Skip to main content

Accounting & Audit

The Future of Finance Is Leaving Paper Checks in the Past

Given the choice, accounts payable professionals would make the move to digital payment solutions. And those who already have are quite pleased with the decision. Around three-quarters report being “very” or “extremely satisfied” with digital wallets...

electronic_payments keyboard_1_.55c4ba9a115cc

Companies often use whatever means available to funnel payments to suppliers. For nearly 81% of accounts payable departments, that involves paper checks — even though this approach is one of the least favored payment processing methods.

Given the choice, accounts payable professionals would make the move to digital payment solutions. And those who already have are quite pleased with the decision. Around three-quarters report being “very” or “extremely satisfied” with digital wallets, and almost 70% feel the same about e-payables. When it comes to paper checks, however, that satisfaction rate dips to 63.5%.

With ongoing digital transformation in the finance industry, it’s no wonder paper checks have fallen out of favor. At the same time, the pandemic has only served to solidify this preference: Despite stay-at-home orders, companies without digital payment infrastructures were left with no other choice than to send employees into the office to open mail, send invoices, and deposit checks — a risky ask that could have been avoided.

When the Manual AP Process Becomes Problematic

Of course, moving to a digital system doesn’t mean an entirely paper-free workflow. There might be occasions when team members must still visit the physical office to reconcile one thing or another.

Nevertheless, automated solutions can eliminate many of the inefficiencies inherent to paper checks. Check-clearing alone takes two business days once deposited and then another five business days for banks to receive the funds. Likewise, a payment won’t clear for almost two weeks (assuming all goes smoothly).

As finance departments know, a number of additional variables can also come into play and delay the process. Account standing can lengthen the time it takes for a check to clear — as can the check amount and the bank relationship. Any lags in the agreed-upon payment terms might lead to friction within the supply chain and sour business relationships, especially when the other party has the functionality to accept digital payments.

Beyond this, the cost of paper checks should be reason enough to invest in paperless accounting solutions. Processing a paper check can cost anywhere from $4 to $20 and is 10 times more expensive than digital payment solutions. For a company that’s issuing a lot of checks, that can add up to significant cost savings. At the same time, it reduces the exposure to potential fraud. After all, it’s difficult to alter checks issued via vetted AP automation software.

Why Companies Can’t Quit Paper Payments

Although the process of issuing paper checks is rife with drawbacks, moving to automated AP solutions doesn’t come without hesitation. This is uncharted territory for many AP professionals, and there are still uncertainties as to whether technology will improve the process. Does it save time? Does it cut costs? And should something go wrong, will the time and expense to fix the issue outweigh the actual investment?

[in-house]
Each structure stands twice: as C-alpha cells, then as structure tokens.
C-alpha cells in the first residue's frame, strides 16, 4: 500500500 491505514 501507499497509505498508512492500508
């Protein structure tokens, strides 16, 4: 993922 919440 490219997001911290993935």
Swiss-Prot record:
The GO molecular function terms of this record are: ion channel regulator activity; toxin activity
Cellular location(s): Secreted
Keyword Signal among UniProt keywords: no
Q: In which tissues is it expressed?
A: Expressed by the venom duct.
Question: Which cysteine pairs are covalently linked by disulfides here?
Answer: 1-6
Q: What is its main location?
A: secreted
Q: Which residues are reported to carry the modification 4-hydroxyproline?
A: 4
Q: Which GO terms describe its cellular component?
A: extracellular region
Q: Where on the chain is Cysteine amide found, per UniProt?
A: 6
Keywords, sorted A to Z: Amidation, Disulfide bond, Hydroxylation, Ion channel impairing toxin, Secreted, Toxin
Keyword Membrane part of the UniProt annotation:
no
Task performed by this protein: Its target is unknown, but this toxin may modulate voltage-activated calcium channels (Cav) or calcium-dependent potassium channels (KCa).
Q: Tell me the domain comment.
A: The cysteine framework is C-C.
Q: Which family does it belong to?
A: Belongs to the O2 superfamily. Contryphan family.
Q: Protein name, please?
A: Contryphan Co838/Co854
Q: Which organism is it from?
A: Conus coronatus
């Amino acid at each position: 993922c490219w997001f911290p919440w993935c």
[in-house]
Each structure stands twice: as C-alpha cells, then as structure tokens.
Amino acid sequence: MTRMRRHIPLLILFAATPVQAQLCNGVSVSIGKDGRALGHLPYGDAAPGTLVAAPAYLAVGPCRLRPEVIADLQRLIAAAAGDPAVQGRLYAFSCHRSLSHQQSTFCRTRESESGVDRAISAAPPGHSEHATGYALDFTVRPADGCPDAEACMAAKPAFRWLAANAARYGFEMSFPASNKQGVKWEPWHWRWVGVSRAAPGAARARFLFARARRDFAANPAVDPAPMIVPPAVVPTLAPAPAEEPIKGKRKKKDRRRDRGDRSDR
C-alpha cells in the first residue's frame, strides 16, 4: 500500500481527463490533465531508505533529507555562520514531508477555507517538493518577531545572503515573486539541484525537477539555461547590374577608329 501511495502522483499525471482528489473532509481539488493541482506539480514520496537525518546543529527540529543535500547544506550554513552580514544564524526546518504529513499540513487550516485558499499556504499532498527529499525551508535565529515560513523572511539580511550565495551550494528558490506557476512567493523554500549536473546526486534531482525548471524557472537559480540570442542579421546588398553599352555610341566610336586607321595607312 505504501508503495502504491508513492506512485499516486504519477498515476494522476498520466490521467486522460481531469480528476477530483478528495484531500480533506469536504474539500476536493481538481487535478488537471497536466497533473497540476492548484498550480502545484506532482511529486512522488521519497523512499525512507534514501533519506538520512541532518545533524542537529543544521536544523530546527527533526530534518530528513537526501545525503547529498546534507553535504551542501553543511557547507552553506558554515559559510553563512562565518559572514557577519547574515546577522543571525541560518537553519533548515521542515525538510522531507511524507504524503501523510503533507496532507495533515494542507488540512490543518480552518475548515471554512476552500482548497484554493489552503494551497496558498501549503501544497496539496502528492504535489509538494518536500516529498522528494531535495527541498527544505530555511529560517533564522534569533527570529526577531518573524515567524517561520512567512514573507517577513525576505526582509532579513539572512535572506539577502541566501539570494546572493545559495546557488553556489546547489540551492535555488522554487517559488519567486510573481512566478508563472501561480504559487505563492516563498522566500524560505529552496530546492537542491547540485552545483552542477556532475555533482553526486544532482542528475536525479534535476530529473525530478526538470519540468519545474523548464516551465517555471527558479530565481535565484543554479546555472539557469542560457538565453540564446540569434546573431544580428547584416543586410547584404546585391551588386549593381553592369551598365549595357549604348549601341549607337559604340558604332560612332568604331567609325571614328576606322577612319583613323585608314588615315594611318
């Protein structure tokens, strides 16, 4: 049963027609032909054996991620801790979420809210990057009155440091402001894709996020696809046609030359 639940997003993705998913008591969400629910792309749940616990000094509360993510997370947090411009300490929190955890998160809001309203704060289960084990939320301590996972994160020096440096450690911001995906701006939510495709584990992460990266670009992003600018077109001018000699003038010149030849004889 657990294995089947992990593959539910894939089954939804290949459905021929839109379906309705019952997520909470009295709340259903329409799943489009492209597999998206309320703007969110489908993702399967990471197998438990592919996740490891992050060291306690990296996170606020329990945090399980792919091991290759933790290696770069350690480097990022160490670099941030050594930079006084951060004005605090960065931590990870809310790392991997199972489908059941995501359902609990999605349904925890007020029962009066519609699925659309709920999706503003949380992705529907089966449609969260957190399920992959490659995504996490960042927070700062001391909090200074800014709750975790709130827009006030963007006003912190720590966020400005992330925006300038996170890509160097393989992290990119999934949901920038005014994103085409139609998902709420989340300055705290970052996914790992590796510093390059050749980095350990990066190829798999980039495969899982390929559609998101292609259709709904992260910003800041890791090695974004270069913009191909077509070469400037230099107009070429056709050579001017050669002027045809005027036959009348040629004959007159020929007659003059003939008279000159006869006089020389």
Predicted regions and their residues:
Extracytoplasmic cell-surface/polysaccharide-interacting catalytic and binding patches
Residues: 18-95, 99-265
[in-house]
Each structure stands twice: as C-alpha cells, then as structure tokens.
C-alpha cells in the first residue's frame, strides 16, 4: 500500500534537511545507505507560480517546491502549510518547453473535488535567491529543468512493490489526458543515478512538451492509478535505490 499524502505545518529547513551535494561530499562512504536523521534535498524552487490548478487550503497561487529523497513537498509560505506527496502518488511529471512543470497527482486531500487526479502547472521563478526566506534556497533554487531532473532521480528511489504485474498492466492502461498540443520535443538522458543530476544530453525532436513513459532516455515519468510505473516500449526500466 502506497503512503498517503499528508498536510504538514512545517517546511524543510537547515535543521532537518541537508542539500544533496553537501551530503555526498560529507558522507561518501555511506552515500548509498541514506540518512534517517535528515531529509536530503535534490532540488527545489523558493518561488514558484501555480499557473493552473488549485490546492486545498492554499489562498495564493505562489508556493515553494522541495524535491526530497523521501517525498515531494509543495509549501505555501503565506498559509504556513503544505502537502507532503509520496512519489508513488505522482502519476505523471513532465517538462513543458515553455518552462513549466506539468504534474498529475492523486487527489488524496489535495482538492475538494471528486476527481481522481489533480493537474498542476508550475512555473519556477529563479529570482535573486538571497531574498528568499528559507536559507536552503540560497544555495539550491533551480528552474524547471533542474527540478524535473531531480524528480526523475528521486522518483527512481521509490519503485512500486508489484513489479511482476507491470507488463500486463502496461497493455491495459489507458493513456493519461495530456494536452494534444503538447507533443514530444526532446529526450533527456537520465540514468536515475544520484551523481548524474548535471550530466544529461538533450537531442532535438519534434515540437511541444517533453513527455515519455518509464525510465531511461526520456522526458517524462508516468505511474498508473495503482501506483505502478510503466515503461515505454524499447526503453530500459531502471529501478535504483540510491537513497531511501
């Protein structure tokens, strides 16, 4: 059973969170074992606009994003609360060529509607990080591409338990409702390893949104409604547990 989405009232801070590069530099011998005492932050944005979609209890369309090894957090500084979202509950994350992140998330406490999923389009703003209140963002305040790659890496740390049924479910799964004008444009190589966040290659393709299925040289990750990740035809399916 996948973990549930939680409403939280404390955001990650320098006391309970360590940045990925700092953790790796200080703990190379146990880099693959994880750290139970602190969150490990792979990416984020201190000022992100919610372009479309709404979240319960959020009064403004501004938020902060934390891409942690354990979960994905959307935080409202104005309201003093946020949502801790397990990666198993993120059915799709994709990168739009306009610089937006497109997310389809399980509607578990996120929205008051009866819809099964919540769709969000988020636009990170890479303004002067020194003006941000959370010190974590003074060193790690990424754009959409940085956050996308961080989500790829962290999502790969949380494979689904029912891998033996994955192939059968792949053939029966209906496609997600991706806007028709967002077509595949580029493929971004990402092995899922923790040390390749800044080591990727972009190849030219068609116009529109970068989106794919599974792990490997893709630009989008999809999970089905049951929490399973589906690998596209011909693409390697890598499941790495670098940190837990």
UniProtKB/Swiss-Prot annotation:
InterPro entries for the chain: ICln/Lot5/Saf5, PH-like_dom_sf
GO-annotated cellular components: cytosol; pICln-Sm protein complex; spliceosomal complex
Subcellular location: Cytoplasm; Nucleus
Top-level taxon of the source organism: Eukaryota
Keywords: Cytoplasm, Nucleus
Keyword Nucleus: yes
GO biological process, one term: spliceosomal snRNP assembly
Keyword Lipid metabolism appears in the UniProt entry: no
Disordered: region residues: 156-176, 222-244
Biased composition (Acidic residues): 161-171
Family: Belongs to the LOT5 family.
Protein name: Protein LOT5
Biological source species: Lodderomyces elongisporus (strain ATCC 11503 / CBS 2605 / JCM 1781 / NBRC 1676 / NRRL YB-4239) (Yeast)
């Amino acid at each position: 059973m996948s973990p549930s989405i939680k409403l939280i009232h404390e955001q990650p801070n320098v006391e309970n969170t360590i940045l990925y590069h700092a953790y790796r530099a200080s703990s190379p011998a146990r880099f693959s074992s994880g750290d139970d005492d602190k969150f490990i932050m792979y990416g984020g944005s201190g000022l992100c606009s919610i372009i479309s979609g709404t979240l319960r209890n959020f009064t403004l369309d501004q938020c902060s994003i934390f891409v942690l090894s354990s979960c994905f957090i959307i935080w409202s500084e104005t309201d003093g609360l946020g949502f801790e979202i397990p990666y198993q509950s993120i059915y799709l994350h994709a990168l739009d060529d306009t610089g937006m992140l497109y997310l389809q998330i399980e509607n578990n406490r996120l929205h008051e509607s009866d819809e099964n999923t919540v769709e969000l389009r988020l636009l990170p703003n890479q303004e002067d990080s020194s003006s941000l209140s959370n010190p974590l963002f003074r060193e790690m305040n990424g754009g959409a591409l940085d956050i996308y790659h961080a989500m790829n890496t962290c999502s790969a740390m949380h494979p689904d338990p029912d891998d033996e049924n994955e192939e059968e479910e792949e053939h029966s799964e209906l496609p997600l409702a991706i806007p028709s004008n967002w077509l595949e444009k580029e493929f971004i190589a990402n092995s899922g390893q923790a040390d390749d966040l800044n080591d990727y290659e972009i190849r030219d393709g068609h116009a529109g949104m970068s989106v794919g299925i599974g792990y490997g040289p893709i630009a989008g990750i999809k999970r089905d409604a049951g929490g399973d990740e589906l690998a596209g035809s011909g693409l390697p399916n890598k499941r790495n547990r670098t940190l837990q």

Apart from that, most people are simply comfortable with what they know. Though the manual AP process might become tedious at times, it can bring a level of gratification and nostalgia. Even if it’s not operationally efficient, comparing accounts payable and accounts receivable by hand offers assurance.

The Benefits of Going Paperless

Cost savings is often the most noticeable benefit of moving to a paperless AP system. You no longer have to pay for checks, envelopes, and stamps, nor are you devoting precious hours tracking down signatures and managing the paper check process. Going paperless streamlines the entire workflow.

Moving toward AP automation also has a way of increasing visibility, thereby establishing greater payment controls for companies. Real-time insights into payments are just a few clicks away, providing a glimpse into the payor-payee transaction history and helping to identify and reduce the number of missing or bounced checks — a time-consuming task endemic to a manual AP process.

Along with visibility often comes security and minimizing the chance of fraud. Check and wire transfers remain the methods of choice for fraudulent payments, with 74% and 40% of companies noting fraud attempts on these payment types, respectively. Automating your AP process simply reduces the potential for tampering, all while minimizing the chances of lost checks.

Besides this, automation allows for faster payment processing, thus providing more working capital and cash flow for a company. This makes for a faster, more reliable reconciliation process. Depending on the choice of software, you can quite literally consolidate payments — no matter the currency — into a solitary format file.

More cost-effective transactions, increased visibility, minimal fraud risk, and faster cycle times can quickly add up to an 80% efficiency gain for many businesses. As you continue to streamline processes and embrace automation, the added efficiencies can go a long way toward maintaining and improving business relationships. Without a doubt, it’s time to shift focus away from paper checks and toward automated solutions.

=========

Chen Amit is the co-founder and CEO of Tipalti, a payment automation software that helps businesses manage their entire supplier payments operations by streamlining all phases of the AP and payment management workflow in one holistic cloud platform. Formerly the CEO of Atrica and Verix, Chen is a veteran high-tech executive and repeat entrepreneur.